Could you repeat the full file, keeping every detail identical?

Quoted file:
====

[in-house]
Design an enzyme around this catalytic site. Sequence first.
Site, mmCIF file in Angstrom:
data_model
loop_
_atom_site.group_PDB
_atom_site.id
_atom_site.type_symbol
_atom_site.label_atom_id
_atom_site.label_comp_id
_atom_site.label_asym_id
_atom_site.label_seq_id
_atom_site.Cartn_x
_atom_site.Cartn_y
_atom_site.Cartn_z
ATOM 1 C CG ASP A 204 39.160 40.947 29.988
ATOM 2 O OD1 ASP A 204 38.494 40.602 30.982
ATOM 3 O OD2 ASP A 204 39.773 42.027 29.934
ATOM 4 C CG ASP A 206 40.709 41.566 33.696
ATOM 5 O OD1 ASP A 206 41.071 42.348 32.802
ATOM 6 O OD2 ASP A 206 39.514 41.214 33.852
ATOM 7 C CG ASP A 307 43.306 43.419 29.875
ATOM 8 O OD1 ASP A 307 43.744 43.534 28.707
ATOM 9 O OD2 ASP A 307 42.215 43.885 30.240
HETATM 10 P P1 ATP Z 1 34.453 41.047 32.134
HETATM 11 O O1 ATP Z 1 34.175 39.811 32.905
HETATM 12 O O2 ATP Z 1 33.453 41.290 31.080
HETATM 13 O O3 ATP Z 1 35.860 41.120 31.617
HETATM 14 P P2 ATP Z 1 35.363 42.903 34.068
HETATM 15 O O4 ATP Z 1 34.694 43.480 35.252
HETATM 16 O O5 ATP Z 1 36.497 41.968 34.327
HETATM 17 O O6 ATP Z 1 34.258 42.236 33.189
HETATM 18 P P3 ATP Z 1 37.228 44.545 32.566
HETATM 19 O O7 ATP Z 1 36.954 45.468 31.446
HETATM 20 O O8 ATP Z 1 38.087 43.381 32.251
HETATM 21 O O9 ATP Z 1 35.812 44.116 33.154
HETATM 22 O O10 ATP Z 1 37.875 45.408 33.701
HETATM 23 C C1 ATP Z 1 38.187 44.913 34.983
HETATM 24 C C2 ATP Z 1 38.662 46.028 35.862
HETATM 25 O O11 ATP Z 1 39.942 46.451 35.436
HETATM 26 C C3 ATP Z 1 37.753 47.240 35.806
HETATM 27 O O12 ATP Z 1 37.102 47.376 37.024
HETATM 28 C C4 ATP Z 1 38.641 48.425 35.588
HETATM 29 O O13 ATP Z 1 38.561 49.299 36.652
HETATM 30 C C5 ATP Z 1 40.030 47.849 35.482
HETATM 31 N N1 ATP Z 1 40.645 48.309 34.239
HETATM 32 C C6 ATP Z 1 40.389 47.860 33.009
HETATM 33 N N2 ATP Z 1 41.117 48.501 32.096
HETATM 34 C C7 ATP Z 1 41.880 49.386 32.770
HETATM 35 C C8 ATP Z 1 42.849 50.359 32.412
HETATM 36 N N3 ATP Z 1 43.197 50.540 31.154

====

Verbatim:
[in-house]
Design an enzyme around this catalytic site. Sequence first.
Site, mmCIF file in Angstrom:
data_model
loop_
_atom_site.group_PDB
_atom_site.id
_atom_site.type_symbol
_atom_site.label_atom_id
_atom_site.label_comp_id
_atom_site.label_asym_id
_atom_site.label_seq_id
_atom_site.Cartn_x
_atom_site.Cartn_y
_atom_site.Cartn_z
ATOM 1 C CG ASP A 204 39.160 40.947 29.988
ATOM 2 O OD1 ASP A 204 38.494 40.602 30.982
ATOM 3 O OD2 ASP A 204 39.773 42.027 29.934
ATOM 4 C CG ASP A 206 40.709 41.566 33.696
ATOM 5 O OD1 ASP A 206 41.071 42.348 32.802
ATOM 6 O OD2 ASP A 206 39.514 41.214 33.852
ATOM 7 C CG ASP A 307 43.306 43.419 29.875
ATOM 8 O OD1 ASP A 307 43.744 43.534 28.707
ATOM 9 O OD2 ASP A 307 42.215 43.885 30.240
HETATM 10 P P1 ATP Z 1 34.453 41.047 32.134
HETATM 11 O O1 ATP Z 1 34.175 39.811 32.905
HETATM 12 O O2 ATP Z 1 33.453 41.290 31.080
HETATM 13 O O3 ATP Z 1 35.860 41.120 31.617
HETATM 14 P P2 ATP Z 1 35.363 42.903 34.068
HETATM 15 O O4 ATP Z 1 34.694 43.480 35.252
HETATM 16 O O5 ATP Z 1 36.497 41.968 34.327
HETATM 17 O O6 ATP Z 1 34.258 42.236 33.189
HETATM 18 P P3 ATP Z 1 37.228 44.545 32.566
HETATM 19 O O7 ATP Z 1 36.954 45.468 31.446
HETATM 20 O O8 ATP Z 1 38.087 43.381 32.251
HETATM 21 O O9 ATP Z 1 35.812 44.116 33.154
HETATM 22 O O10 ATP Z 1 37.875 45.408 33.701
HETATM 23 C C1 ATP Z 1 38.187 44.913 34.983
HETATM 24 C C2 ATP Z 1 38.662 46.028 35.862
HETATM 25 O O11 ATP Z 1 39.942 46.451 35.436
HETATM 26 C C3 ATP Z 1 37.753 47.240 35.806
HETATM 27 O O12 ATP Z 1 37.102 47.376 37.024
HETATM 28 C C4 ATP Z 1 38.641 48.425 35.588
HETATM 29 O O13 ATP Z 1 38.561 49.299 36.652
HETATM 30 C C5 ATP Z 1 40.030 47.849 35.482
HETATM 31 N N1 ATP Z 1 40.645 48.309 34.239
HETATM 32 C C6 ATP Z 1 40.389 47.860 33.009
HETATM 33 N N2 ATP Z 1 41.117 48.501 32.096
HETATM 34 C C7 ATP Z 1 41.880 49.386 32.770
HETATM 35 C C8 ATP Z 1 42.849 50.359 32.412
HETATM 36 N N3 ATP Z 1 43.197 50.540 31.154